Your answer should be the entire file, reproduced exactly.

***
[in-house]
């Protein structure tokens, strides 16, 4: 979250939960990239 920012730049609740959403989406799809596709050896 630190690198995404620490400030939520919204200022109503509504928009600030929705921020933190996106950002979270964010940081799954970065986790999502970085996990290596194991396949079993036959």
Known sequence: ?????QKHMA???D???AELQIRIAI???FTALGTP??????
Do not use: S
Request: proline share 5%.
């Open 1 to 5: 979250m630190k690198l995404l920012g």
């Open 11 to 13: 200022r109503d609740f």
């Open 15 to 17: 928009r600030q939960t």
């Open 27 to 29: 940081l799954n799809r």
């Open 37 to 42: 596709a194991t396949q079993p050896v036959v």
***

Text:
[in-house]
């Protein structure tokens, strides 16, 4: 979250939960990239 920012730049609740959403989406799809596709050896 630190690198995404620490400030939520919204200022109503509504928009600030929705921020933190996106950002979270964010940081799954970065986790999502970085996990290596194991396949079993036959």
Known sequence: ?????QKHMA???D???AELQIRIAI???FTALGTP??????
Do not use: S
Request: proline share 5%.
């Open 1 to 5: 979250m630190k690198l995404l920012g």
């Open 11 to 13: 200022r109503d609740f």
């Open 15 to 17: 928009r600030q939960t």
């Open 27 to 29: 940081l799954n799809r």
């Open 37 to 42: 596709a194991t396949q079993p050896v036959v």